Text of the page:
How many people have you watched walk up to a public building, and then race back to their vehicle to retrieve their mask? Although we are accustomed to wearing face coverings, sometimes in our busy-mindedness … we simply forget! Did you know the original Greek word for hypocrite means “He that wears the mask”? It was always used of actors in plays.
More than 30 years ago my mentor shared with me how often he found himself praying: “Lord, keep me from becoming so cynical in my old age.” As a seasoned man of the cloth (with 45+ years of ministry under his belt) he witnessed firsthand how the “golden years” can set people up – even good, godly people. As the years pile on, we are more prone to become judgmental and critical.
While the golden years are at least a decade away for me, I admit — I’ve been too quick to accuse and judge others. I’ve criticized people walking into the street while staring at their cell phone … driving recklessly on the berm or middle of the road while texting. Too many times I’ve shouted at my windshield, “How could anyone be so oblivious to other vehicles about to hit them? Don’t they care about their anyone’s safety? Why would they put other motorists in danger by swerving to miss them?”
The other day, while entering the store to find my queen, I was so engrossed by her text message what aisle to find her — I stepped out into the Walmart racetrack. Thankfully, the driver on my left saw my carelessness. Without blowing the horn, he came to an abrupt stop. I felt ashamed, and then waved an apologetic hand.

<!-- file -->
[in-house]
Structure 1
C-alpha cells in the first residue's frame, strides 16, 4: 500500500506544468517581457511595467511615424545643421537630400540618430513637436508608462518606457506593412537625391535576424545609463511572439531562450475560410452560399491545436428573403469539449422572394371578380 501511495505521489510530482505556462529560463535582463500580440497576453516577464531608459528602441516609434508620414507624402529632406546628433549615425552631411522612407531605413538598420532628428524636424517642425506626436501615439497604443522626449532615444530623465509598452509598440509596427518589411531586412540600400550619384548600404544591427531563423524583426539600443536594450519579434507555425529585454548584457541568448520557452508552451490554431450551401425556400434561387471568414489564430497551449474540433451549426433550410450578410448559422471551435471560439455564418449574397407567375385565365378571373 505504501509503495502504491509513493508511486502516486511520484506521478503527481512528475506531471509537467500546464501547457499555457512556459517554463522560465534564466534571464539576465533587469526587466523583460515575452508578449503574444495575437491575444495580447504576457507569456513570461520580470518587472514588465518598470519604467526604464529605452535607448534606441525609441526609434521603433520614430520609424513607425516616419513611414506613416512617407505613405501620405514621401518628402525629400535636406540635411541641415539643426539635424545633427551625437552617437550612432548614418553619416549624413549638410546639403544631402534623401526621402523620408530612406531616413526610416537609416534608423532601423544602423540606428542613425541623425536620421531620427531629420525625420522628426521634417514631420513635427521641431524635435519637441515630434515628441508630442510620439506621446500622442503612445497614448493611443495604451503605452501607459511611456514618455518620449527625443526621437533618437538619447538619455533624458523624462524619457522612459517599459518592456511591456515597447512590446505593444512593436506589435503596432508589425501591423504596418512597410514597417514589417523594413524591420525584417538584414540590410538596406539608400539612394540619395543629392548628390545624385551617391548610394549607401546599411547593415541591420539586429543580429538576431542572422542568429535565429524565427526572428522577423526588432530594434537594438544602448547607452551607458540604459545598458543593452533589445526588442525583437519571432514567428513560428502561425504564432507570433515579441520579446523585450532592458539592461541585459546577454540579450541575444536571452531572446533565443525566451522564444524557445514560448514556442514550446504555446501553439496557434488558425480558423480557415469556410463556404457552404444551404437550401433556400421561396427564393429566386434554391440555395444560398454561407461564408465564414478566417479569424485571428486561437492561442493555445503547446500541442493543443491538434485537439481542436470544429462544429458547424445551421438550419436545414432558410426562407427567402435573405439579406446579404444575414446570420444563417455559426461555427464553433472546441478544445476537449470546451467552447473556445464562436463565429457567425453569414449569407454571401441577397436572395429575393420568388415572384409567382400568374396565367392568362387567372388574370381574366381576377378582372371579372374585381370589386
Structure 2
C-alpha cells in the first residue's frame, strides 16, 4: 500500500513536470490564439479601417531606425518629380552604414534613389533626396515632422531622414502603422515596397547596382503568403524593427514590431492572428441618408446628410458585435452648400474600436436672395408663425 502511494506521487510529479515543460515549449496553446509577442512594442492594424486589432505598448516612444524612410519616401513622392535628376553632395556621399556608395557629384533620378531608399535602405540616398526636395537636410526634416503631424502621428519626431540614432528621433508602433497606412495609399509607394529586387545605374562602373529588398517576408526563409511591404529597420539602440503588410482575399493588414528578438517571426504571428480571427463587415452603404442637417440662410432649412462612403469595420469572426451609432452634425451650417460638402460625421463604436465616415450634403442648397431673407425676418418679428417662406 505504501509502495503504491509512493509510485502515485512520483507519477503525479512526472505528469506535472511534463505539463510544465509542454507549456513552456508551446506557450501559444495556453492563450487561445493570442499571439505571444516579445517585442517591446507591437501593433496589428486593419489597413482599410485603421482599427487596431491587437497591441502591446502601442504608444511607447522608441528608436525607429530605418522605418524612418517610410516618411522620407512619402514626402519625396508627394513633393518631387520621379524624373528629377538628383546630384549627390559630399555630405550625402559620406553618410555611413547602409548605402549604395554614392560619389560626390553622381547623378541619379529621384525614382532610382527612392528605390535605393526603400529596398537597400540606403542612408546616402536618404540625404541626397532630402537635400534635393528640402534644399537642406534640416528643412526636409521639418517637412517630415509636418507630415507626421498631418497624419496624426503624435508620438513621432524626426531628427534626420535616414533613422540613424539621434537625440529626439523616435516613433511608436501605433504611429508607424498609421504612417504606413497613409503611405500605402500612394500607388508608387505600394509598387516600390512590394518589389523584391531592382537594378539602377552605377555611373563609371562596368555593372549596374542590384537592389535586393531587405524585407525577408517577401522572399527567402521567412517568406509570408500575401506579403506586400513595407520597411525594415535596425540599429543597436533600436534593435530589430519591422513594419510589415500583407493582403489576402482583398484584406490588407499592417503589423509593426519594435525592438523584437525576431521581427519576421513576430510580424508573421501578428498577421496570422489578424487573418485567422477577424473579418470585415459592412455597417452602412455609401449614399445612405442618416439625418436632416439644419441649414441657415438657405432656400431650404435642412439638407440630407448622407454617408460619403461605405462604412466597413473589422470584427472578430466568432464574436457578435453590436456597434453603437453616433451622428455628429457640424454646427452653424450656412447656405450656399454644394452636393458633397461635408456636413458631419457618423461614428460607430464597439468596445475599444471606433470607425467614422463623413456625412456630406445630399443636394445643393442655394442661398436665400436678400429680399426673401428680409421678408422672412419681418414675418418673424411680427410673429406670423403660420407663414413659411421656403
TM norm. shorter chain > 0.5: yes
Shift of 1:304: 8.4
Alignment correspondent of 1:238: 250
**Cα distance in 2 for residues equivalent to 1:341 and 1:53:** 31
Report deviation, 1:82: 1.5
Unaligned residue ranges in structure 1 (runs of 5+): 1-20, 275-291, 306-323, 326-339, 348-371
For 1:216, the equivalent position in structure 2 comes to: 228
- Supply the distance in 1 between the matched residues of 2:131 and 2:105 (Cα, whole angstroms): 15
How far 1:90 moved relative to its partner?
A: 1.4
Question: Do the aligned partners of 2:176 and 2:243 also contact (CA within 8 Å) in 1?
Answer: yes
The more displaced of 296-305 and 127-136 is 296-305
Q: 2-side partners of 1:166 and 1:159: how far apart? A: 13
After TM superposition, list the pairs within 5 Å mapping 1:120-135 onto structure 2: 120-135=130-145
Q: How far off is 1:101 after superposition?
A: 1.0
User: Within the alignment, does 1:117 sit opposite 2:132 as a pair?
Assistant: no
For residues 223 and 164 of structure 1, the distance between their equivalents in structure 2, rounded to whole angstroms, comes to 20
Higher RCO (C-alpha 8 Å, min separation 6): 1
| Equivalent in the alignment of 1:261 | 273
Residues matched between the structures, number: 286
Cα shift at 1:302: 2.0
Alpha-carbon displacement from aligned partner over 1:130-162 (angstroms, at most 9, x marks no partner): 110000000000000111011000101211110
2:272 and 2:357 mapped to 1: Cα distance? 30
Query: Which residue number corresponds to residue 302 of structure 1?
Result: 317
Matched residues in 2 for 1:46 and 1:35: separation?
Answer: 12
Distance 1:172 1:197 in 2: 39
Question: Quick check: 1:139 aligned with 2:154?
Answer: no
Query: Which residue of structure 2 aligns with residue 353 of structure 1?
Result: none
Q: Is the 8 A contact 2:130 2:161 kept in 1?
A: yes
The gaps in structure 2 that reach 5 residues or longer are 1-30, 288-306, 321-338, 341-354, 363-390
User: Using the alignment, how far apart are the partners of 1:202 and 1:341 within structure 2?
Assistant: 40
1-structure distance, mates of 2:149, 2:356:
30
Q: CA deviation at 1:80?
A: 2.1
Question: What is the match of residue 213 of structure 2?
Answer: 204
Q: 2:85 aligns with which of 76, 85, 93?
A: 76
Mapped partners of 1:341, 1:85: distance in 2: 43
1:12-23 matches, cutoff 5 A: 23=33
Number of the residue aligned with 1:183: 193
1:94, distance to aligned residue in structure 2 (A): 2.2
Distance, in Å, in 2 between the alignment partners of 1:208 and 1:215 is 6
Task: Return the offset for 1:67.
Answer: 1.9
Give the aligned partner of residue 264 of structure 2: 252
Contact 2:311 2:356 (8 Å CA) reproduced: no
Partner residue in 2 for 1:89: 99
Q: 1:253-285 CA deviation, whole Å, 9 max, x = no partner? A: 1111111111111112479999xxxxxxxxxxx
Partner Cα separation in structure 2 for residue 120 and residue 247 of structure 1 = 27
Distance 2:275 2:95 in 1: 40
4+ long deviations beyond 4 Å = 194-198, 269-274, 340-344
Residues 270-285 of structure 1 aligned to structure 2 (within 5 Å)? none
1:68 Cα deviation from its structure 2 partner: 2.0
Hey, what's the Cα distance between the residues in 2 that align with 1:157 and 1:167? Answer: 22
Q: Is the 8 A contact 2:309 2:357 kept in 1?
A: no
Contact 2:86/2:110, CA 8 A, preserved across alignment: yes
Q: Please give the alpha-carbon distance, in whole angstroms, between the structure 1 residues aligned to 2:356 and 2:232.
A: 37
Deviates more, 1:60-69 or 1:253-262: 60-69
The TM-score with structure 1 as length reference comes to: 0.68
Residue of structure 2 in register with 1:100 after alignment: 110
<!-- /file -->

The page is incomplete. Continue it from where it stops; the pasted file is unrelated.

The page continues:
Like a thunderclap, my self-righteous finger pointed back at me. I had critically judged others for the same unsafe actions. My hypocrisy was the same mindset and attitude that Jesus addressed in the Sermon on the Mount. Jesus not only corrected judgmental attitudes, He actually condemned them. Jesus understood his contemporary language. Jesus knew the private lives of hypocrites. His words were not misused, but their private and public lives were certainly mismatched. What was projected to others in public was NOT practiced in private.
Matthew 7:1-2, 5 “Do not judge, or you too will be judged …. For in the same way you judge others, you will be judged … First take the plank out of your own eye, and then you will see clearly to remove the speck from your brother’s eye.”
So, how can we have such a perfectionistic attitude toward others, yet ignore the glaring faults we possess? How can we offer HOPE to people who suffer from wearing masks? Jesus answers with a doable remedy. The huge “plank” — the blind spot through which I criticize others will always impair my judgment — until it’s removed. Re-check your mask.